The long-running underground Hollywood conservative group, Friends of Abe, is no more.
FOA announced yesterday that with the group’s growth came an unsustainable infrastructure; one too cumbersome to continue without a substantive overhaul.
The Guardian reported:
But on Thursday the organisation – which counts Jon Voight, Jerry Bruckheimer and Kelsey Grammer among its 1,500 members – made an abrupt announcement: it was dissolving.
“Effective immediately, we are going to begin to wind down the 501 c3 organization, bring the Sustaining Membership dues to an end, and do away with the costly infrastructure and the abespal.com website,” the executive director, Jeremy Boreing, told members in an email, a copy of which the Guardian has seen.
“Today, because we have been successful in creating a community that extends far beyond our events, people just don’t feel as much of a need to show up for every speaker or bar night, and fewer people pay the dues that help us maintain that large infrastructure.”
Some speculate that the internal squabbling over Cruz v. Trump is the cause for the dissolution of the 501c(3). Though FOA may no longer exist in its current state, leaders have assured their members there will still be get-togethers and events, but those will happen with a less formal infrastructure.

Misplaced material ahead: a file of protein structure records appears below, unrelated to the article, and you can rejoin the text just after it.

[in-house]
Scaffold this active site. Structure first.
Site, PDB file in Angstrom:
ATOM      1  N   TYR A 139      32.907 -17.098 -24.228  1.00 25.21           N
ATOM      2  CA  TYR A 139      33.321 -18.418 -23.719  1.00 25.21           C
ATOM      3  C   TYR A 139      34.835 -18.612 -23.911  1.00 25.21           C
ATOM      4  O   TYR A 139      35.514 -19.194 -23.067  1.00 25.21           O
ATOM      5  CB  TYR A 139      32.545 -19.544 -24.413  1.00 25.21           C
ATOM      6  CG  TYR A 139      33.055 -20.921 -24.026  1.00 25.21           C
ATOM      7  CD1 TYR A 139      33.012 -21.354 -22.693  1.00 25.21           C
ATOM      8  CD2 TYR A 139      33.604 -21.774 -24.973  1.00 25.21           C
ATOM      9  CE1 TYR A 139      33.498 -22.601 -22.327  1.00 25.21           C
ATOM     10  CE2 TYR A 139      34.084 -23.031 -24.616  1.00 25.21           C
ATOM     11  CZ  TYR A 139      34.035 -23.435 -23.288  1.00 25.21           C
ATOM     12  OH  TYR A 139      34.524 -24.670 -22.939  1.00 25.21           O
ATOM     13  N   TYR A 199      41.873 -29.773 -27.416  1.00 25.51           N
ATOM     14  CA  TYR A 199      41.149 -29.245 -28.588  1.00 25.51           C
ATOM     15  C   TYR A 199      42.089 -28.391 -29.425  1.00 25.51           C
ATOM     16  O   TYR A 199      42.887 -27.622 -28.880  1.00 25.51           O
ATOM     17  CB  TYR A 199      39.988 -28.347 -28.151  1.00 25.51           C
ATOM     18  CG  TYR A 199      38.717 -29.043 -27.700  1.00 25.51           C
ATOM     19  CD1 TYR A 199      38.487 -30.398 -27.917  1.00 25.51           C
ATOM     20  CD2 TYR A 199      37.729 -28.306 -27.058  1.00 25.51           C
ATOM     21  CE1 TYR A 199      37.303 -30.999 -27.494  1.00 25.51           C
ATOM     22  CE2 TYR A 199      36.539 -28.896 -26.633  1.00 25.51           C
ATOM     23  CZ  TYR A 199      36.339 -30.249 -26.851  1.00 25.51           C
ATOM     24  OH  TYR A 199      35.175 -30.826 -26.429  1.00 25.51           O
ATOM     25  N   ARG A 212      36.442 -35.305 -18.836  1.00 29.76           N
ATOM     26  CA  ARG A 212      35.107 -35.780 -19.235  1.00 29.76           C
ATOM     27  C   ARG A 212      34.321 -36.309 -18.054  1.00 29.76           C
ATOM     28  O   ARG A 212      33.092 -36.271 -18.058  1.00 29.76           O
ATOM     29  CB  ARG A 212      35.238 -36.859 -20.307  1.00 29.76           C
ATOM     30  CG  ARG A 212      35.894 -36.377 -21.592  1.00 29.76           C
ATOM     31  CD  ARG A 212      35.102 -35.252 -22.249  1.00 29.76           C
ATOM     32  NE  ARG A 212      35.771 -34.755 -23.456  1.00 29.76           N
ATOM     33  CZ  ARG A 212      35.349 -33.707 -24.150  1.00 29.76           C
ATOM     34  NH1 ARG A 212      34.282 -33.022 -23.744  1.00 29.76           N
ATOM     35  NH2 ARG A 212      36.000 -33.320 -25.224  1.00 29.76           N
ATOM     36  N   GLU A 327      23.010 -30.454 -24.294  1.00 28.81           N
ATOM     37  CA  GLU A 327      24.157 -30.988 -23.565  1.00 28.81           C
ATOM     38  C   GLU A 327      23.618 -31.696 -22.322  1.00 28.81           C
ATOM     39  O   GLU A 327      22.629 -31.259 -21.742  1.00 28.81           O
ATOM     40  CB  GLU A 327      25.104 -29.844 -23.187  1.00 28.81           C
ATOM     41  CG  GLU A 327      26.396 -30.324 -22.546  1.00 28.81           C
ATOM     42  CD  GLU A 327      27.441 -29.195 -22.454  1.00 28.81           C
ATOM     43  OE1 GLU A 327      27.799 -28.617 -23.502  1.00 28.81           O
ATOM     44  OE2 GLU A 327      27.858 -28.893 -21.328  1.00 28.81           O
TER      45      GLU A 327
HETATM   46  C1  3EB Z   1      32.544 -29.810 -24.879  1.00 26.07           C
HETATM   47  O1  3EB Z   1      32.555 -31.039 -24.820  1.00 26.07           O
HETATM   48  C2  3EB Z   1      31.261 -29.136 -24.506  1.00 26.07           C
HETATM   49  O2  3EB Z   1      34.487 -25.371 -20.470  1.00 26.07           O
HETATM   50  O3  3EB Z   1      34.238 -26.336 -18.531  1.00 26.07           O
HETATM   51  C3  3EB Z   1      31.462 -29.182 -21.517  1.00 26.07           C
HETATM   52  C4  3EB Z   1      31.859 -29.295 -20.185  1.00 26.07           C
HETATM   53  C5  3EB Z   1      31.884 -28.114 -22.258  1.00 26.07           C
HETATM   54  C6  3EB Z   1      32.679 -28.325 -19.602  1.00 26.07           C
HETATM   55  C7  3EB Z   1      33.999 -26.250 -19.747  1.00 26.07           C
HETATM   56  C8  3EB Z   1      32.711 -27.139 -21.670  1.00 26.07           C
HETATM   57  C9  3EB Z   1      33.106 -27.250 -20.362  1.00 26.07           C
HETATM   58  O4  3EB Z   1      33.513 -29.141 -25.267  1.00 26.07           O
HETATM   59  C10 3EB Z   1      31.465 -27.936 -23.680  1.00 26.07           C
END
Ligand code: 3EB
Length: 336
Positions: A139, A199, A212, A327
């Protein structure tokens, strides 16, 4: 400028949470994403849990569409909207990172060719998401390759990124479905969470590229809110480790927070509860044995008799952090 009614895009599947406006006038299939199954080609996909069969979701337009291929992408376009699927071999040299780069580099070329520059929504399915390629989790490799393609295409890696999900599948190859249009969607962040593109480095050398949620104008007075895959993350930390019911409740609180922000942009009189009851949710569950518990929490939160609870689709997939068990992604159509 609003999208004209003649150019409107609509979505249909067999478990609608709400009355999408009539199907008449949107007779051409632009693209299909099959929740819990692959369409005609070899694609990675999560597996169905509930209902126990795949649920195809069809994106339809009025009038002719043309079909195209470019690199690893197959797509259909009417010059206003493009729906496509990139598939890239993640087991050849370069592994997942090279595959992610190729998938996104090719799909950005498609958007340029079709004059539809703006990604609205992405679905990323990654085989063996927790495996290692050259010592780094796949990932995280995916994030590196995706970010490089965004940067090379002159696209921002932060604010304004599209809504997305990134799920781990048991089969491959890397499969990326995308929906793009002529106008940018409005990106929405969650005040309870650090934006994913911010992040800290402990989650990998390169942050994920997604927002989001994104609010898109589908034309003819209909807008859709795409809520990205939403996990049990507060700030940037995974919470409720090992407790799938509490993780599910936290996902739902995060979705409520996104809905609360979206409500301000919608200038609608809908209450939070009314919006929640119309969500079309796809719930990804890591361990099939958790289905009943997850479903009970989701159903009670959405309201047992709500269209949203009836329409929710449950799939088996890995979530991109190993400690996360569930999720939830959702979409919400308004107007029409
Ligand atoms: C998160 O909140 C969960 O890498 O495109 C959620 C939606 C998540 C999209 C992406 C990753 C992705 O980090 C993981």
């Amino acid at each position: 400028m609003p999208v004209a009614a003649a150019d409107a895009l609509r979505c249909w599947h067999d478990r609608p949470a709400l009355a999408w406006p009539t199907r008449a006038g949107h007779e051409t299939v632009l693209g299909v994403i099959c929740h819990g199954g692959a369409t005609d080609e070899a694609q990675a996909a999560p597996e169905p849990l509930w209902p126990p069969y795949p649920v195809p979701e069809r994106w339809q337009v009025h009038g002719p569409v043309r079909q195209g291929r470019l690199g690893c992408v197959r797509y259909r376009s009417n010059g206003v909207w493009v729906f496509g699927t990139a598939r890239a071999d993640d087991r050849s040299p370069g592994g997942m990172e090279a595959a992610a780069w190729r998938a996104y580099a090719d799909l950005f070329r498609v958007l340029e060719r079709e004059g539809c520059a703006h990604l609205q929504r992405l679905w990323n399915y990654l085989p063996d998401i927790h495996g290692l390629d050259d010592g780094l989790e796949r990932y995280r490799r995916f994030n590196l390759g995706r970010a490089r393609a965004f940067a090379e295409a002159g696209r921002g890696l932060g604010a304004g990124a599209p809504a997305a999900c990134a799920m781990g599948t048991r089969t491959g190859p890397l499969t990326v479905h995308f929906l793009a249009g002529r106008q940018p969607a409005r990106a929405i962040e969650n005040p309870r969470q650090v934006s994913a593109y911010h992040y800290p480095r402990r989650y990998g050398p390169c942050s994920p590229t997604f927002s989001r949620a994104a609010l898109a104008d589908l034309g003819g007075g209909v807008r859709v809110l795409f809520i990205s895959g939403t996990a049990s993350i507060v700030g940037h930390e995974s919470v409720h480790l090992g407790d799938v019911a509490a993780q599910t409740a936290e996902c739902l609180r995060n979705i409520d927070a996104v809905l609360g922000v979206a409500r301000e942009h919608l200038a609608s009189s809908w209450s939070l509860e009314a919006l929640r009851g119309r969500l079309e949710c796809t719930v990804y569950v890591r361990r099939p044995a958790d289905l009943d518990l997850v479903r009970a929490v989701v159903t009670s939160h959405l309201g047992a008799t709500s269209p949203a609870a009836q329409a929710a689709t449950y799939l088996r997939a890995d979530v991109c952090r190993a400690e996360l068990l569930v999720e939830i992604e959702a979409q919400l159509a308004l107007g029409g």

Lionel Chetwynd, a producer and screenwriter and co-founder of the FOA, recently spoke of the primary campaign causing a “civil war in slow motion”, which fractured friendships and shredded solidarity.
Boreing, a director and producer, put a positive gloss on the announcement, saying the initial hunger for fellowship had prompted the group to build an expensive website, rent offices and hire staff, including lawyers and accountants.
“It’s time to change how we do it. As our group has grown in size and success, many of the structures that helped us grow have become less useful … It means an end to the standing organization, but not an end to the mission or the fellowship.”
Boreing vowed to maintain the mailing list and stage events, but without the infrastructure, staff or budget requirements.
“We will still get together for drinks and speakers, but we may reassess how we approach those events logistically. In short, FOA will return to its roots. It will be a passion project, like it was in the beginning … We’ll still be a private organization that protects the names of our members at all costs.”
Friends of Abe made national headlines in 2014 when a request for 501c(3) status lead to an intrusive IRS investigation. Non-profit status was eventually granted.
[Featured Image via Angela George [CC BY-SA 3.0], via Wikimedia Commons]
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